Every actor and piece of this film were well thought out and directed.
paper tiger
The movie as a whole is a bit overly melodramatic and it drags at times. .. there are certainly quite a few scenes that should have been removed.
The story, the action, the adventure , the love, the soundtrack, the actors, this movie is a perfect mix of it all!

Most Helpful Customer Reviews

4 of 4 people found the following review helpful By Paul Donovan TOP 1000 REVIEWER on June 8, 2014
Format: Blu-ray
Nine Things about the Movie “Charlie Countryman” [Romania, 2013]

1. The original title of the movie (and the title that appears onscreen) is “The Necessary Death of Charlie Countryman”.

2. For some reason, mainstream critics tore this movie apart, perhaps because it denies easy classification. I don’t know. Whatever the reason, it doesn’t deserve the hate that was heaped on it.

3. It’s kind of a violent, drug-fueled, romantic drama wrapped in magical realism.

4. Shia LaBeouf stars in it, and I think this may be his best performance ever. LaBoeuf plays Charlie, a depressed young man who has a tendency to talk to people even after they’re dead.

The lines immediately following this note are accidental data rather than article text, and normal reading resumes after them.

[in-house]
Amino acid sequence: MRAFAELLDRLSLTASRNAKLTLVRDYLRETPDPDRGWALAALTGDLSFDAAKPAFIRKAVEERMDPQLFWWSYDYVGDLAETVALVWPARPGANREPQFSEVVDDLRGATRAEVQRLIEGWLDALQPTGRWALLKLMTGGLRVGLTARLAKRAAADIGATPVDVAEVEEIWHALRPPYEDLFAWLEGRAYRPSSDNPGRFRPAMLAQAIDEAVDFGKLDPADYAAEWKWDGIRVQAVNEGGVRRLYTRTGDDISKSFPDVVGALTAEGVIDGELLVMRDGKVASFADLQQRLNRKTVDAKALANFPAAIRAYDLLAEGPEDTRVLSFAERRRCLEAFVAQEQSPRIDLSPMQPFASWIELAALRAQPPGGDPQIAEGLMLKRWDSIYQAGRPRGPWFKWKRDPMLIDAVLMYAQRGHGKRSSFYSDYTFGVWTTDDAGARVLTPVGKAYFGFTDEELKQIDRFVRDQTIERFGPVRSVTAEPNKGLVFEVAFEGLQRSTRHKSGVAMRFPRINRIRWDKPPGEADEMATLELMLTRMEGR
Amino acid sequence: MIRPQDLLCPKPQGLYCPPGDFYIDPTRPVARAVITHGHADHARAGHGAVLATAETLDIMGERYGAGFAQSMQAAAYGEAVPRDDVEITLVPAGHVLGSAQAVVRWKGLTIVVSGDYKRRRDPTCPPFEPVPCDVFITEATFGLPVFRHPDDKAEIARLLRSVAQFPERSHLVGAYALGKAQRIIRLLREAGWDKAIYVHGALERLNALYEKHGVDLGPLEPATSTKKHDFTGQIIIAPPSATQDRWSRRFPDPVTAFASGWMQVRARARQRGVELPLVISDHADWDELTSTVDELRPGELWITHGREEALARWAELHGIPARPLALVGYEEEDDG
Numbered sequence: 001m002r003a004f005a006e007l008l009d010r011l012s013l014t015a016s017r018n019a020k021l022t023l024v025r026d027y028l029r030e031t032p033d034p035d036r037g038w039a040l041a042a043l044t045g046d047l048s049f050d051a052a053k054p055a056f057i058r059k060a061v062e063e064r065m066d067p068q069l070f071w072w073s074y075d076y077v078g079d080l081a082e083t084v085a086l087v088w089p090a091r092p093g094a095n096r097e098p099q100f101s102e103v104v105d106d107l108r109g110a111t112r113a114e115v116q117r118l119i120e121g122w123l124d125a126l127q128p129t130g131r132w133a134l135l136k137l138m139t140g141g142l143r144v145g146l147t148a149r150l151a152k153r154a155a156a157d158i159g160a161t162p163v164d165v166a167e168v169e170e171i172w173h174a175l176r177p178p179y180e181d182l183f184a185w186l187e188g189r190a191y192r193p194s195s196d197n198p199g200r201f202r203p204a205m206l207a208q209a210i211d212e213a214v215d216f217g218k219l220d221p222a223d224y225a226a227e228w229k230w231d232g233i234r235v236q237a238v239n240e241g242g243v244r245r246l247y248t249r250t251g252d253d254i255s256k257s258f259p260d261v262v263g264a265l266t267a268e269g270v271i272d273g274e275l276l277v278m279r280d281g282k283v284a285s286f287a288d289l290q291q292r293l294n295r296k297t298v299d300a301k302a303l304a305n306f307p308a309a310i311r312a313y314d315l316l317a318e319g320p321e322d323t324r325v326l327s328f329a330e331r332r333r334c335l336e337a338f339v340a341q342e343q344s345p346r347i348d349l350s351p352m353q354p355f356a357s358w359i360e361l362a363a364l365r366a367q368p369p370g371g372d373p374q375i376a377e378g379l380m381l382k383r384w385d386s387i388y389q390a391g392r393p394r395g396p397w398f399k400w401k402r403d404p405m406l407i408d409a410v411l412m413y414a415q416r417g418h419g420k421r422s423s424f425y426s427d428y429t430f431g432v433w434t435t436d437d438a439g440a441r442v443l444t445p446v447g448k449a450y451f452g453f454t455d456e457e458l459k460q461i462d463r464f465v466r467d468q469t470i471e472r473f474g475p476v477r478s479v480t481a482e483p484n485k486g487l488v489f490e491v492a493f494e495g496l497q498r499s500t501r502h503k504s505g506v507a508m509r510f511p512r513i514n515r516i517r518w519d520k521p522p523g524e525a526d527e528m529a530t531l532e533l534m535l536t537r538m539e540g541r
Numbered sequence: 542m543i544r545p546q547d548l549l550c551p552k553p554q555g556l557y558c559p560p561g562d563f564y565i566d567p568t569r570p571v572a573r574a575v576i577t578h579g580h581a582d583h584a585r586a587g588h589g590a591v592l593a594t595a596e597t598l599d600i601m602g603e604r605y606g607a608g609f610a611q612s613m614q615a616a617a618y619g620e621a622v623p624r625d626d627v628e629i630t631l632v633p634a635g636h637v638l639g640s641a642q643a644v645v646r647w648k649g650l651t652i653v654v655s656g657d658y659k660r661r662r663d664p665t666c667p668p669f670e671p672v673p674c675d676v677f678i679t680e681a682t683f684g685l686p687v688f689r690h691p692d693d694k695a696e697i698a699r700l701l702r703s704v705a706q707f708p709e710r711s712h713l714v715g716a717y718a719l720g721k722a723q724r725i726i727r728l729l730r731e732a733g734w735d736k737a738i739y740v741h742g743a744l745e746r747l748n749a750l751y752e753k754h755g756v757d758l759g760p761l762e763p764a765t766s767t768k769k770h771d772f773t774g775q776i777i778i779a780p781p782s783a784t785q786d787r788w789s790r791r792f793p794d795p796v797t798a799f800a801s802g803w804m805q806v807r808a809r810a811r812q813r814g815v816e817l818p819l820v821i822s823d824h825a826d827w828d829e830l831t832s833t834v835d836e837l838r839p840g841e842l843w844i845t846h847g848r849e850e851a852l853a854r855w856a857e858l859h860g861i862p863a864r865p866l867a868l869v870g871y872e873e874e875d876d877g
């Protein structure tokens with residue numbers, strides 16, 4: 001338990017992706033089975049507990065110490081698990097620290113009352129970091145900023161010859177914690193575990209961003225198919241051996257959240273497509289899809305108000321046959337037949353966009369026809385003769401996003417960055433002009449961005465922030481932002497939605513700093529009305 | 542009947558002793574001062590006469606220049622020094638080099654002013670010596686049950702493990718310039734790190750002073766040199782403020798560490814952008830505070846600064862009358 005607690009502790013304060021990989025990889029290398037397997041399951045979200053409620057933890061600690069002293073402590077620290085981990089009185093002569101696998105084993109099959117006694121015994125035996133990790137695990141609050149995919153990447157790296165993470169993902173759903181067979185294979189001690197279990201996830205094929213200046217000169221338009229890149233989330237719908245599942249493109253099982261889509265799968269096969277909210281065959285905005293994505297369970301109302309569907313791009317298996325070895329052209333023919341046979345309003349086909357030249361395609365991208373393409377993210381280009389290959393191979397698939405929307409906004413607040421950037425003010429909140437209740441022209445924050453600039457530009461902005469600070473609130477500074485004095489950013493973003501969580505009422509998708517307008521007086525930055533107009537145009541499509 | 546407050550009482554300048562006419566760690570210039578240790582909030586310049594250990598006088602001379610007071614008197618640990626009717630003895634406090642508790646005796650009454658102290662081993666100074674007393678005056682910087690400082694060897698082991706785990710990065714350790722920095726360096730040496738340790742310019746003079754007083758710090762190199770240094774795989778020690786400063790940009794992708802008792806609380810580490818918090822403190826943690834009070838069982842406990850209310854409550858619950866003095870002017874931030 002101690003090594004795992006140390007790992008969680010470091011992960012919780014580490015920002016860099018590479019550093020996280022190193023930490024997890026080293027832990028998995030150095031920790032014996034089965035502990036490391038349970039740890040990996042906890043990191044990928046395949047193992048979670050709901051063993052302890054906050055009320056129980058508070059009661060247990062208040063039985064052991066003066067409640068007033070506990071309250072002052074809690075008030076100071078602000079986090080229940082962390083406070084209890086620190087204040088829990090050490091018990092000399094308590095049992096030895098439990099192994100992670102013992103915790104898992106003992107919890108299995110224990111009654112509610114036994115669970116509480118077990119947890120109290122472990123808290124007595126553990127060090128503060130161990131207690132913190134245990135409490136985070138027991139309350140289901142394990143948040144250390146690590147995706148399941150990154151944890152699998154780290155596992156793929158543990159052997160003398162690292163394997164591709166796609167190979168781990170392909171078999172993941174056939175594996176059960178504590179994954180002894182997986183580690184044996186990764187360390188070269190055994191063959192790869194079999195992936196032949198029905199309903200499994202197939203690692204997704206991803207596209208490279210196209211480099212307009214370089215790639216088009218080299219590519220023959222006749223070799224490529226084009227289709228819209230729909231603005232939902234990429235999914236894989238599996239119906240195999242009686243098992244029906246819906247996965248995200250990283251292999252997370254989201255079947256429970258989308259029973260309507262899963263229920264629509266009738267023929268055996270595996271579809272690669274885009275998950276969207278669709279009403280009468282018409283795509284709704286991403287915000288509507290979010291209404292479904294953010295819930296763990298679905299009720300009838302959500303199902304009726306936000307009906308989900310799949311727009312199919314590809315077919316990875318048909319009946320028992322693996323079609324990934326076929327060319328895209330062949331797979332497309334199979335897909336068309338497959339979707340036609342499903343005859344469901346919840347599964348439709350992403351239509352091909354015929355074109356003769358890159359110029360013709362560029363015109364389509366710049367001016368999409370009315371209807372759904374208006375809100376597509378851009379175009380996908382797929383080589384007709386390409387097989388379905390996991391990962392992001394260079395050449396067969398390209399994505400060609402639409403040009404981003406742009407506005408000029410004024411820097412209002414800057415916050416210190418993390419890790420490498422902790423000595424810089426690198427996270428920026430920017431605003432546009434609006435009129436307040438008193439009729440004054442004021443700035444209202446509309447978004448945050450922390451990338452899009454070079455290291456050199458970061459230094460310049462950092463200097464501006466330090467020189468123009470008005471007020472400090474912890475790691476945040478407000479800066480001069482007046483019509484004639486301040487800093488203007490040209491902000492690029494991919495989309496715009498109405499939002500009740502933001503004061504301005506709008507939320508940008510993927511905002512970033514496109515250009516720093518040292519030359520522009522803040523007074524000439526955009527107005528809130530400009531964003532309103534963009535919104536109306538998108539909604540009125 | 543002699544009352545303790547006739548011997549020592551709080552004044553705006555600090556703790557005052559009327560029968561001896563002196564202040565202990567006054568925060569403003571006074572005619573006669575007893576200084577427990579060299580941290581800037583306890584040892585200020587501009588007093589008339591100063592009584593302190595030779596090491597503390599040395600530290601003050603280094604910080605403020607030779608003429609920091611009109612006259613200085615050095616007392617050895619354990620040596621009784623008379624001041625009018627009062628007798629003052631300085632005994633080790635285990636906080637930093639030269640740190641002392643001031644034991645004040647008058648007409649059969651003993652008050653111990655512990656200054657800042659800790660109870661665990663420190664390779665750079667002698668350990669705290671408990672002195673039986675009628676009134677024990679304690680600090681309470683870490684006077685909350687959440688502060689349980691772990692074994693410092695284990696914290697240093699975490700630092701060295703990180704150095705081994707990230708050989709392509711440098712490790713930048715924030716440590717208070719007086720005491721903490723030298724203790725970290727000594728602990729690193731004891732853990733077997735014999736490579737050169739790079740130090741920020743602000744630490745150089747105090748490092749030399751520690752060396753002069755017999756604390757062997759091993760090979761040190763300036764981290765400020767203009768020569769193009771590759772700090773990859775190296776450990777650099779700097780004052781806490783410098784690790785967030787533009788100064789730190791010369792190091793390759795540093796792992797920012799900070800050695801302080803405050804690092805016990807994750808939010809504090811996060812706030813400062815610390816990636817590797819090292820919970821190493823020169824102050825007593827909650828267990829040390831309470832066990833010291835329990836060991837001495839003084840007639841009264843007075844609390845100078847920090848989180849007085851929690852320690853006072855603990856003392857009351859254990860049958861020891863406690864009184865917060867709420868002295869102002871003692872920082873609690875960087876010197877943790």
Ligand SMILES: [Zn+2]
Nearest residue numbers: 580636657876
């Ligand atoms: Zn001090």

5. Charlie’s dead mother tells him to take a trip to Bucharest, where he meets a cello player with a dead father and a psychotic husband. Charlie falls in love with her, and he gets drawn into her problems.

6. The guy that played Ron Weasley in the Harry Potter movies, Rupert Grint, does a good job here playing an over-eager druggie. He’s definitely not at Hogwarts anymore.

7. The movie is bafflingly good at capturing that “damn-the-consequences-I’m-in-love” feeling that young people tend to fall into.

8. The soundtrack fits the movie perfectly. The original score meshes well with tracks from Moby and M83 to keep the slightly hallucinatory, dreamy atmosphere going through the whole film.